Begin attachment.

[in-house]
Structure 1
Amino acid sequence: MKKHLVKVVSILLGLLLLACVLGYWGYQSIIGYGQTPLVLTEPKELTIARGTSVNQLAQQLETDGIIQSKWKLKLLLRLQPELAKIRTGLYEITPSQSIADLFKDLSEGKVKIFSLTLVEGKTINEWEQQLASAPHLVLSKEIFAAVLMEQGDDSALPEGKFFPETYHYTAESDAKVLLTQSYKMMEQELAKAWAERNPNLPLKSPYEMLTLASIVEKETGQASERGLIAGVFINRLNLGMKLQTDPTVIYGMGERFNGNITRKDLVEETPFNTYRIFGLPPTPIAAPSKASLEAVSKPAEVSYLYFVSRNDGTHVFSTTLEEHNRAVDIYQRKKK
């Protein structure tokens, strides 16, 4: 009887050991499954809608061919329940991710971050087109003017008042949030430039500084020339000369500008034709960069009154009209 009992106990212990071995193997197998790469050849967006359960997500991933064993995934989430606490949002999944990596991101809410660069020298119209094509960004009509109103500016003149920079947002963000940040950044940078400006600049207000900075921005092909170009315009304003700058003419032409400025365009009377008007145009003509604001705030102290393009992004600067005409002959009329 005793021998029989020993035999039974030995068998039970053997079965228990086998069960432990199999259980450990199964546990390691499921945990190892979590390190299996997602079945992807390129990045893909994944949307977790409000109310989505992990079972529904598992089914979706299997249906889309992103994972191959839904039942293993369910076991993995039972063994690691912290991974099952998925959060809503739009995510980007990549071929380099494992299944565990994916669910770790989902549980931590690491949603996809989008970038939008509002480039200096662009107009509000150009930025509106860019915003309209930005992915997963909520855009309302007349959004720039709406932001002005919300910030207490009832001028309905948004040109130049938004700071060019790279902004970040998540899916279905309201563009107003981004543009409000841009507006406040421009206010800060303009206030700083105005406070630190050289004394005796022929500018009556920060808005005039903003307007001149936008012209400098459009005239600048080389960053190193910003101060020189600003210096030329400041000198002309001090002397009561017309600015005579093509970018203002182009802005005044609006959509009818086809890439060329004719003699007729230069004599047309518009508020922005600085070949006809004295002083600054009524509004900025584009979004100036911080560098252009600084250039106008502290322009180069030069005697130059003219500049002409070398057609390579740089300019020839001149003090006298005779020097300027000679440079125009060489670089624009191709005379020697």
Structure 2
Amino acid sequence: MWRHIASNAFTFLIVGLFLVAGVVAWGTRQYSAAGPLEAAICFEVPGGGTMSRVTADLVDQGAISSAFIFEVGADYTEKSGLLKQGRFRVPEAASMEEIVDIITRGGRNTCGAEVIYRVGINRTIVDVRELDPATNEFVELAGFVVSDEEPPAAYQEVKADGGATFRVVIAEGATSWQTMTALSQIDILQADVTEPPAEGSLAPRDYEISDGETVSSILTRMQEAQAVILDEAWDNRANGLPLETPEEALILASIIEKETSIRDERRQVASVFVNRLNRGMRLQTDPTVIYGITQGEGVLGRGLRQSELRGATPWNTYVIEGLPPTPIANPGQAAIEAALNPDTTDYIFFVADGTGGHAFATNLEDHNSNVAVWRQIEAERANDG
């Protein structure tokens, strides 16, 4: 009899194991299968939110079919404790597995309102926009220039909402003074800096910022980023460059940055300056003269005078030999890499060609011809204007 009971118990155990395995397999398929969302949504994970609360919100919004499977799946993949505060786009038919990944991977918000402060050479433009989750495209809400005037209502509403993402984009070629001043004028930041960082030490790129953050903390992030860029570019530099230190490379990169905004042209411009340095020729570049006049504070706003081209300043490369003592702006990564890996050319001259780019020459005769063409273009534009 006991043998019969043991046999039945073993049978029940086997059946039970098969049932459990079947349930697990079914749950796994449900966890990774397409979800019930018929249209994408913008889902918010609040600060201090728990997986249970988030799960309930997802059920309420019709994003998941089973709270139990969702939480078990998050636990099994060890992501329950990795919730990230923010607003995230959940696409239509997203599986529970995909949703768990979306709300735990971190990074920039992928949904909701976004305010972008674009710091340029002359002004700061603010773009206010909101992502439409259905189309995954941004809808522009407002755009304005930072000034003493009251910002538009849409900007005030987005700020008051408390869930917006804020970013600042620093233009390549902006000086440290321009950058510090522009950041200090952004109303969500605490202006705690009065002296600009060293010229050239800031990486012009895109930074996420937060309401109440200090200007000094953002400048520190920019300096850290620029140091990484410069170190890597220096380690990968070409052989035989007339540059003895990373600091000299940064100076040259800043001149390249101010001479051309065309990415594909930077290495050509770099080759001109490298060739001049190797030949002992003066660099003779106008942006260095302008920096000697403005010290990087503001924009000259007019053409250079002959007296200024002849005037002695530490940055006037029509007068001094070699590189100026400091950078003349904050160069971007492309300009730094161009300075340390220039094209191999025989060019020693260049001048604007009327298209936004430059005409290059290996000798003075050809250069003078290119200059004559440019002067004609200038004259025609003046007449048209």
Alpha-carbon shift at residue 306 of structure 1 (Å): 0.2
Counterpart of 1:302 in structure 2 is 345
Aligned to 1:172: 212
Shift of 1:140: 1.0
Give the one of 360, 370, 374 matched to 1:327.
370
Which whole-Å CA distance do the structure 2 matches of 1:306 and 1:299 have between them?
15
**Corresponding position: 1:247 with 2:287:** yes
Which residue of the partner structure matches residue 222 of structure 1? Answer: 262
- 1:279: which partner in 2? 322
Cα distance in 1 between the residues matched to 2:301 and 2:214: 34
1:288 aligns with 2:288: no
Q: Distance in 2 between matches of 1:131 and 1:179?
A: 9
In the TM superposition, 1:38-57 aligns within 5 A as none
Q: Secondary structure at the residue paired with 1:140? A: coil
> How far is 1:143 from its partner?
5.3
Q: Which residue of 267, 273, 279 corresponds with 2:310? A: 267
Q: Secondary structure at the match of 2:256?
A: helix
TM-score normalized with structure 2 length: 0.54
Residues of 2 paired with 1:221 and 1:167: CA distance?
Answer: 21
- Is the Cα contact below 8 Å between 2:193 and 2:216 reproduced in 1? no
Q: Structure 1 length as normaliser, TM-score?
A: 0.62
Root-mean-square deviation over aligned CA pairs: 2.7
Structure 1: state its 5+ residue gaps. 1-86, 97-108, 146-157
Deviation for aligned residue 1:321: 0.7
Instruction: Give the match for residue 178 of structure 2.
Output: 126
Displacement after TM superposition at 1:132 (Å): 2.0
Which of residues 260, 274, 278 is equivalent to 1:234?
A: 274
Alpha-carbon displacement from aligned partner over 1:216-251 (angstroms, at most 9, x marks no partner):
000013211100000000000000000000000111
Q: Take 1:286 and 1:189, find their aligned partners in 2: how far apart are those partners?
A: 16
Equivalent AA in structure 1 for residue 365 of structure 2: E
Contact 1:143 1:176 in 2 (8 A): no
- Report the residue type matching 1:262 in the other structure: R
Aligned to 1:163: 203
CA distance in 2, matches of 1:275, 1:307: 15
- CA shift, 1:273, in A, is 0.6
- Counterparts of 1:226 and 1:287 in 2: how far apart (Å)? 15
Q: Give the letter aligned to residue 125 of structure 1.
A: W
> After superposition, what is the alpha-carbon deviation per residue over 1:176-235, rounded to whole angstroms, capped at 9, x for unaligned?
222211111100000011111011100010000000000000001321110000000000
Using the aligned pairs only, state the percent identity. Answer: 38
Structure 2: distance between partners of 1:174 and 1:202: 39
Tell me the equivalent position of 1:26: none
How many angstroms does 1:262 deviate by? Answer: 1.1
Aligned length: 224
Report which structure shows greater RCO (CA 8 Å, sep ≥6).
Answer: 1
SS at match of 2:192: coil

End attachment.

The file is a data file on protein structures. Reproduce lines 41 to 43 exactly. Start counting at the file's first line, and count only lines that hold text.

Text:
Displacement after TM superposition at 1:132 (Å): 2.0
Which of residues 260, 274, 278 is equivalent to 1:234?
A: 274